Lions around the dorm

Howdy sports fans, and welcome to the second AtD installment of the semester. This week, we discuss the Yankees’ playoff chances, the future of tennis in the United States and possible AFC South champions. Going head-to-head-to-head this week is sports editor and AtD rookie Allison Singer, staff writer Justin Jez and correspondent Steve Cohen. Arts & entertainment editor James Queally is ref.

1. Despite a tumultuous season, the Yankees find themselves the current AL wild card leaders courtesy of a nine-game skid by the Seattle Mariners. With a shaky pitching rotation and the recent injuries to Roger Clemens and Andy Phillips, will the Yankees hang on to make the playoffs? And if so, how far can they go?

AS: I think the Yankees are (finally) in it to win it and, at the very least, they’ve got a shot. Losing Clemens to an injury shouldn’t affect them as they make their way into the playoffs. After all, he’s only 6-6 on the season and his current 4.45 ERA is the highest season ERA he’s had since 1999. Plus, with Chein-Ming Wang and Andy Pettite starting, and Mariano Rivera and Joba Chamberlain (if he can keep the ball from “slipping” toward anyone’s head) to seal the deal, the Yankees should be able to land on their feet. Losing Phillips shouldn’t become too much of a problem either. Jason Giambi and Shelley Duncan have already proven themselves to be solid first basemen, and adding another slugger to the lineup may actually help rather than hinder the Yankees’ chance at making the playoffs. If the team can keep itself together long enough to hold on to the wild card, I’d say the Yankees have a shot at another World Series title.

JJ: It seems every year around this time we ask this question of the underachieving Yankees, and every year the answer has been ‘yes,’ they will make the playoffs. The Yanks are four games ahead in the wild card and are being propelled forward by A-Rod’s surreal hitting spree. An All-Star Yankee lineup that can put up double-digit runs every night gives the Mariners little chance to catch up. The Yanks play Toronto seven times and face Boston only three before the end of the season whereas Seattle has to face Detroit, Cleveland and Los Angeles. Like you said, the Yanks’ pitching will be their downfall in the postseason. I don’t think they’ll make it past the divisional series.

SC: Without question, the Yankees are going to make the playoffs. The last couple of games have shown the Seattle Mariners’ nine-game losing streak was the least of their problems, dropping their last two games to the Yankees in blowouts. Now New York has some breathing room in its hunt for the playoffs. As far as the loss of Phillips goes, he has performed well but it’s not like the Yankees are lacking in depth at first base; they still have Giambi, Duncan, Wilson Betemit and Doug Mientkiewicz who recently returned from injury. Clemens missing the playoffs would be a bigger blow to the Yankees because they need his experience and leadership come playoff time. The Bronx Bombers have the talent to go as far as they want; it’s a matter of whether or not the performance of key players such as Clemens, Mike Mussina, Mariano Rivera and, most importantly, Alex Rodriguez will determine how far the Yanks can go. Fortunately for this Yankees fan, I think that the A-Rod we’ve seen all this year is going to show up in the playoffs and help lead this team to at least the ALCS if not the World Series.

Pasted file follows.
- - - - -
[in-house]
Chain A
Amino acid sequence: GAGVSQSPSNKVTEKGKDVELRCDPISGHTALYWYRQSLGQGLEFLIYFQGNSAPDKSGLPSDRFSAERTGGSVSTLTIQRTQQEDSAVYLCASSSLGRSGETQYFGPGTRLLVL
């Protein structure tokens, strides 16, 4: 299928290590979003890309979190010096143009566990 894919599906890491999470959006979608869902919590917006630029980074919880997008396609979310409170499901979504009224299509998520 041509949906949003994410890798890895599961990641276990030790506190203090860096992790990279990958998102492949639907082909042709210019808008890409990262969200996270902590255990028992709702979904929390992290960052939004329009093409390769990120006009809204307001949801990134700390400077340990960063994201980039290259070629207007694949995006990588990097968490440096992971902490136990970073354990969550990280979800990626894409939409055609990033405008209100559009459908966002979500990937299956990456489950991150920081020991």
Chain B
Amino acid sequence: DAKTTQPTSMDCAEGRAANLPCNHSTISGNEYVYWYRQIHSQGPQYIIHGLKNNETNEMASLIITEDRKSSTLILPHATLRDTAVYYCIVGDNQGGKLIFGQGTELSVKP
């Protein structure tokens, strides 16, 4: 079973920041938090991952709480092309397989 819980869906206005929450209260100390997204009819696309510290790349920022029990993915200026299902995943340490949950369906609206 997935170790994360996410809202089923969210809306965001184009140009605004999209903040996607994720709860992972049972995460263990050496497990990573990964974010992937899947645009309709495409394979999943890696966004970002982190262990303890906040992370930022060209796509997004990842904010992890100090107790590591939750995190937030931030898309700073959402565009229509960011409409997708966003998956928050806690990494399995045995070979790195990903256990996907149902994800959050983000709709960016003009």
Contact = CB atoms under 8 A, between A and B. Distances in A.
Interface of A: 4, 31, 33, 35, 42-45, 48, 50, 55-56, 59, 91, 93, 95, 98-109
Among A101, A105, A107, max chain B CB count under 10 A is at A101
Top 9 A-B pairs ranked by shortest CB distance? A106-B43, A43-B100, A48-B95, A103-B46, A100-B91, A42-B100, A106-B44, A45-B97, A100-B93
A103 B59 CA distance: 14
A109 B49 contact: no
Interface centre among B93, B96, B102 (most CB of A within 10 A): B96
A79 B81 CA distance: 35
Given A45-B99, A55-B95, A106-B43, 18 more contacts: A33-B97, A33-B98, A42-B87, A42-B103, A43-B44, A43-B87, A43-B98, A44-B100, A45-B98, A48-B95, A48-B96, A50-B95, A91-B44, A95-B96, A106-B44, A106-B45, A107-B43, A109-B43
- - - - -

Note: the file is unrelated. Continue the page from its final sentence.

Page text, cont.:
JQ: Jez earns three points for having the most in-depth and realistic analysis of the Yankees postseason hopes. Mediocre pitching always ruins good teams in the postseason, and he pointed out one of the most overlooked factors in deciding tight playoff races: strength of schedule. Cohen, Singer, I highly doubt there is a World Series appearance in the cards for the “Bombers,” but Cohen picks up two for a solid breakdown of the Yankees’ roster. Allie gets one for knocking on Clemens – he’s 45! 6-6 and a +4 ERA are fine numbers. They need his leadership presence and experience more than anything else.

2. Andy Roddick was the only male American to reach the quarterfinal round at this year’s U.S. Open. The ATP rankings are dominated by foreign players, and the United States has not won a Davis Cup since 1995. Will we ever keep pace with the rest of the world in tennis, or will the sport fall in line with soccer as a game we just can’t win?

AS: There are two parts to this question: Can the United States keep up in terms of being able to take home a championship, and can the United States keep up with other countries in terms of moving tennis into the mainstream. In terms of a championship, I think eventually we will turn out a winner. Go to any high school or college tennis tournament and you’ll see that the United States is not devoid of young talent. One of these players just needs to have the talent and the determination to win. Will tennis ever steal the hearts of mainstream America? The answer to that, I believe, is no. We enjoy watching it to a point, but our love affair with baseball and football leaves little “love” for tennis – and yes, I went there. Maybe tennis and soccer can team up to make a mega-sport and gain some popularity in the United States. Now that’s something I’d like to see.